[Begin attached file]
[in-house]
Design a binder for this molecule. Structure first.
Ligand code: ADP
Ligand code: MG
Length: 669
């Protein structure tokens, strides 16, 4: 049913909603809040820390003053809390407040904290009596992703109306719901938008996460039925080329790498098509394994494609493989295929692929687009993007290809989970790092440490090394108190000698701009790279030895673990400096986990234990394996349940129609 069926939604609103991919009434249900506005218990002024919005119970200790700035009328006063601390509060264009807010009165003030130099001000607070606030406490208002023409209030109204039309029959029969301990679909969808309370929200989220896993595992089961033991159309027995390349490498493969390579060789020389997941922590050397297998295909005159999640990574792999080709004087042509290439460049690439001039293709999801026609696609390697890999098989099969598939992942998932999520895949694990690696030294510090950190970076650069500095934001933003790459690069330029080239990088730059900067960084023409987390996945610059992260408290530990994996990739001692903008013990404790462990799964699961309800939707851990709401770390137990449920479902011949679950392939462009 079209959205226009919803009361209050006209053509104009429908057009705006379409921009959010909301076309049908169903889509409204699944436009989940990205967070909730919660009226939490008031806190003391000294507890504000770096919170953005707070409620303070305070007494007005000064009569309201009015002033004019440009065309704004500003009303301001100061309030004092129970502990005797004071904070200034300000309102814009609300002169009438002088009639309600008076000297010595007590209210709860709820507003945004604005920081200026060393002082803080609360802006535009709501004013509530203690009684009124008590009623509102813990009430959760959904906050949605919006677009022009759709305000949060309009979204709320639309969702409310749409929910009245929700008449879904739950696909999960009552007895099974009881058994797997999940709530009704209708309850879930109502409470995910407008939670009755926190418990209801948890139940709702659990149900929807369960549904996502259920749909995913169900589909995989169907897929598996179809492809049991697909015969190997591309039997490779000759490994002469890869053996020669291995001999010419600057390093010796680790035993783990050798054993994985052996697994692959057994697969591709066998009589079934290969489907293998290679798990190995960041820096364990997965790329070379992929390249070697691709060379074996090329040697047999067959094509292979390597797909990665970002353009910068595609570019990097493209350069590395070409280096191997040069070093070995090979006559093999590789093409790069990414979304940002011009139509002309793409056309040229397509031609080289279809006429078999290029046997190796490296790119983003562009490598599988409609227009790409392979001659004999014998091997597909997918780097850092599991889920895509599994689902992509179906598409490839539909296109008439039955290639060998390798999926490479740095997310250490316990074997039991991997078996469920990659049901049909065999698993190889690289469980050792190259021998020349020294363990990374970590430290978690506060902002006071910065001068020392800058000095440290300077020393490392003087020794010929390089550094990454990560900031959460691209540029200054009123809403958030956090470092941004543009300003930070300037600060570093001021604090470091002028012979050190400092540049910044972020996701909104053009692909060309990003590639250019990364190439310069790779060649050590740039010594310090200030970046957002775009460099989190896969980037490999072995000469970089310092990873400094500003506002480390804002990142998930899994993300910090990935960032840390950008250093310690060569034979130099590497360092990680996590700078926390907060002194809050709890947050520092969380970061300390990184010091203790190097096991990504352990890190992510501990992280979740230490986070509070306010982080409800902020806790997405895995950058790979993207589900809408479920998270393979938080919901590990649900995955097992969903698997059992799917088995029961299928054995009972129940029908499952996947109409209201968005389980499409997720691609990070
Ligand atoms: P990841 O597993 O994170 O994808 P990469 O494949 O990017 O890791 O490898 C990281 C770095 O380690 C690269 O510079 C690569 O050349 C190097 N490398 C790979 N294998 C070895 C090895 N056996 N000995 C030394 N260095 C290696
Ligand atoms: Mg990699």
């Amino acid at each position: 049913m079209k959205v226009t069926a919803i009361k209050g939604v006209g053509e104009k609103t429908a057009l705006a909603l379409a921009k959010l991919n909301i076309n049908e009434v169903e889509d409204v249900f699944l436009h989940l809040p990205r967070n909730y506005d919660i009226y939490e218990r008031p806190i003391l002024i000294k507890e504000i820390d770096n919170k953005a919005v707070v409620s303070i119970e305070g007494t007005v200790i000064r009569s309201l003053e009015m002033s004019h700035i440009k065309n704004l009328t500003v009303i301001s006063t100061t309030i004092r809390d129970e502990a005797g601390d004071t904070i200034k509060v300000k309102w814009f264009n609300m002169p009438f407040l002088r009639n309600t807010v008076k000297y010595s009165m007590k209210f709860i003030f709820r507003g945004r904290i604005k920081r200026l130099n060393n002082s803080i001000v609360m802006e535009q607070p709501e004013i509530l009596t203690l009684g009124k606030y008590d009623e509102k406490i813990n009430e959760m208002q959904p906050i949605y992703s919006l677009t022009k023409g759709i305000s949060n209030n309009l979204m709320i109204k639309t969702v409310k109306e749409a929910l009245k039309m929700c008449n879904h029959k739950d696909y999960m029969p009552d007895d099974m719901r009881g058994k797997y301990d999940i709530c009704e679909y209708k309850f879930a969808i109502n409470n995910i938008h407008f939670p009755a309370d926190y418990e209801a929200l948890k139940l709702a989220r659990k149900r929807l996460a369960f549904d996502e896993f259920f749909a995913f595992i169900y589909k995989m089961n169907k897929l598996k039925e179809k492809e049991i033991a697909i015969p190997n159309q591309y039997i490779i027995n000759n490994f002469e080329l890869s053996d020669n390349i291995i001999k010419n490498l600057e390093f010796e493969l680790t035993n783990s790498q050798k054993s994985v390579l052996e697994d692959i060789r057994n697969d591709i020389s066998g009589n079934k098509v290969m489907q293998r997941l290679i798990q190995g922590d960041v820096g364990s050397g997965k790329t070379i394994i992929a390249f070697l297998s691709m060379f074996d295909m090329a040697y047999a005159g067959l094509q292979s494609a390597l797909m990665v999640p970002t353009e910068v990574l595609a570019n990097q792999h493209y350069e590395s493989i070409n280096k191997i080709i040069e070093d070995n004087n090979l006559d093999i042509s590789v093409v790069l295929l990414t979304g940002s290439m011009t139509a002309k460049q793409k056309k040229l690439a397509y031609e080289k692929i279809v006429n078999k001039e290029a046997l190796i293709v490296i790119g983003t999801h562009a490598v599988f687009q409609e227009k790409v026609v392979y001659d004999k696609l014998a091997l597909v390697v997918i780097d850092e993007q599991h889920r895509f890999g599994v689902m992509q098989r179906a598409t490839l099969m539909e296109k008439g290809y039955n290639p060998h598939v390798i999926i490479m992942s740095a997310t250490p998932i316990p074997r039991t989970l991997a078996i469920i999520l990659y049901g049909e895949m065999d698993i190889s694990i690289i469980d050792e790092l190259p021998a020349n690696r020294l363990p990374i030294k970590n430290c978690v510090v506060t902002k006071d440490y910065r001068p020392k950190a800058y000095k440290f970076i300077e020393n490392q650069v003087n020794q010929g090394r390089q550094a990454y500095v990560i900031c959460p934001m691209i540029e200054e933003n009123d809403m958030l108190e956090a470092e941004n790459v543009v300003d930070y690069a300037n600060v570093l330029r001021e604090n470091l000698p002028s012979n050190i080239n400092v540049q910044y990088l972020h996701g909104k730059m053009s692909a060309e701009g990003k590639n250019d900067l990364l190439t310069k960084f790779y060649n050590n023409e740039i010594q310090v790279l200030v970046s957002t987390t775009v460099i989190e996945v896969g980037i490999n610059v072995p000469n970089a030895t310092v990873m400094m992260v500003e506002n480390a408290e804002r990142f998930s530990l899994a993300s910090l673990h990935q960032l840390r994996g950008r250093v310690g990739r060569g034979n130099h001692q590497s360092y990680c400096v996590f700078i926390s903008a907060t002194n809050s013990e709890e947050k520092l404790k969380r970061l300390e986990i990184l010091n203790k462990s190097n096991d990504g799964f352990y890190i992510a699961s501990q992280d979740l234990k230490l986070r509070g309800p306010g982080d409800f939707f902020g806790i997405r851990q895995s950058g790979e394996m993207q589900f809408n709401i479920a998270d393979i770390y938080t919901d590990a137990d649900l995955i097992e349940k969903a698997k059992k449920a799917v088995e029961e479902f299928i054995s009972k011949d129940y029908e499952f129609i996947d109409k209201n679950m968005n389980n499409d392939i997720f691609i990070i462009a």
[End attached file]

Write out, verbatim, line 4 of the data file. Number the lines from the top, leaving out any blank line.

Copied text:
Ligand code: MG